Abrams School Bill Ties Money to Student Performance AFTER High School
March 24, 2015

(AP) – A Kansas Senate committee is considering a new education funding plan that would tie some state aid to public schools to how well students do after high school.
The Senate Education Committee had a hearing Tuesday on a plan drafted by Chairman and Arkansas City Republican Steve Abrams. He said his goal is to focus public schools on educating students so they can at least be part of the middle class.
The Legislature passed a bill this month to replace the state’s current per-student funding formula with “block grants” for school districts, but that system would be in place for only two years.
The Abrams plan would be tested on six school districts during the 2015-16 school year before being expanded to all 286 school districts over two years.

Could Kansas School District’s Get More Money from Legislature?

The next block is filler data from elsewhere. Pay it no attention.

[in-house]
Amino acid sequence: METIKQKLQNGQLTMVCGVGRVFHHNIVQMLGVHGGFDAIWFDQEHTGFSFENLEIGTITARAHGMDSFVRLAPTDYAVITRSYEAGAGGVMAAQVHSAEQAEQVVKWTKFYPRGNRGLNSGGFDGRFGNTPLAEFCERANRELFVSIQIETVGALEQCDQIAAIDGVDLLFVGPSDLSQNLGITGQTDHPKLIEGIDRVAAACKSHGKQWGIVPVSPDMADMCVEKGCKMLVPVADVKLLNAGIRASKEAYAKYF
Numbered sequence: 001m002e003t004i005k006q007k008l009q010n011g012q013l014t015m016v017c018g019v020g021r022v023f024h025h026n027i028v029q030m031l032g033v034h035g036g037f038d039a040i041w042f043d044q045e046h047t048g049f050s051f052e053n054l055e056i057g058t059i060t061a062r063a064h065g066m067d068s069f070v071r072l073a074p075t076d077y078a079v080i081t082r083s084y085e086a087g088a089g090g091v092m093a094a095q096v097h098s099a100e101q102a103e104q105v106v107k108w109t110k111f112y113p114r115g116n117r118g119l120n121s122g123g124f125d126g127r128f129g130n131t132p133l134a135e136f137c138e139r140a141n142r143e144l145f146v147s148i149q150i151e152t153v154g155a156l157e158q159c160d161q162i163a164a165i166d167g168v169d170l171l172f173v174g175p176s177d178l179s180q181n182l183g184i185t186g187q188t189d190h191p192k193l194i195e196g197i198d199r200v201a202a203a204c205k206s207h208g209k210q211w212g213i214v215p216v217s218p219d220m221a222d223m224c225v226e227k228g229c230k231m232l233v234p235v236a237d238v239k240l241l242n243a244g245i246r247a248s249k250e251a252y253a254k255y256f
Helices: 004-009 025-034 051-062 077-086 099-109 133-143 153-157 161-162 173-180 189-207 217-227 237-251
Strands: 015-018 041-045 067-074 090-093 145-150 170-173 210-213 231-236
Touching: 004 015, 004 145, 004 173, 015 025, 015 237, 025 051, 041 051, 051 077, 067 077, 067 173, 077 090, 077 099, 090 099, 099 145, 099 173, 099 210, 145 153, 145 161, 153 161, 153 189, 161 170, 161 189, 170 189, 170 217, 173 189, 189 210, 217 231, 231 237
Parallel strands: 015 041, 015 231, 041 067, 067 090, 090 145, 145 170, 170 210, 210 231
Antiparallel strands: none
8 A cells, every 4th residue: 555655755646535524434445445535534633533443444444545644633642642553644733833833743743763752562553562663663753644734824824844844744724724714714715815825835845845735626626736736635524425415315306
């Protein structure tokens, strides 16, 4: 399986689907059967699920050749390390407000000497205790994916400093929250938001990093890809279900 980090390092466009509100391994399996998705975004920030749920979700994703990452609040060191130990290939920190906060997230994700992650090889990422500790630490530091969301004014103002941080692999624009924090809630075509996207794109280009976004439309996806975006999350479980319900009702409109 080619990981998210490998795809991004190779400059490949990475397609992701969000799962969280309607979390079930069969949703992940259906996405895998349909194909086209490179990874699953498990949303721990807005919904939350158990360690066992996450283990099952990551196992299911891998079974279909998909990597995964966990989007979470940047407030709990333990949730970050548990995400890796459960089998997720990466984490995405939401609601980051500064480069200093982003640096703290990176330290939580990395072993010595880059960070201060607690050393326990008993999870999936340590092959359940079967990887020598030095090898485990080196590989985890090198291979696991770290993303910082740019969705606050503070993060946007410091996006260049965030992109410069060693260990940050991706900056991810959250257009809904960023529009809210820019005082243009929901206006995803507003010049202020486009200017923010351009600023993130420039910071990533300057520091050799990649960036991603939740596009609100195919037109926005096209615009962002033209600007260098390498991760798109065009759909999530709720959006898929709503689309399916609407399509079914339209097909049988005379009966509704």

February 21, 2012

From the Topeka Capital Journal:
In response to concerns from school districts “held harmless” under Gov. Sam Brownback’s school finance plan, Kansas lawmaker Steve Abrams introduced an amendment Monday that gives every district a bump — a $2.17 million bump in the case of USD 501.
“I’m trying to find a mechanism so that every school district gets new, added dollars,” Abrams told his Senate Education Committee colleagues Monday.
The governor’s plan would do away with extra funding for special categories of students and redistribute the money to every school district at a standard rate of $4,492 per pupil up from the current $3,780 by the 2013-14 school year.
His office has repeatedly emphasized that no district would receive less funding under the plan and about half the state’s school districts would receive more.
But the redistribution of funding for at-risk students including those who receive free-or-reduced-price lunch, English language learners and those who test below proficiency levels meant urban districts like Topeka that have the majority of the state’s students get no new money.
Abrams proposed keeping the governor’s new formula Monday but then adding a separate “at-risk” funding pool to be distributed based on poverty for students in grades K-3 and proficiency in grades 4-12.
“Those that are not proficient, they’re the ones that definitely need the help,” Abrams said after the hearing.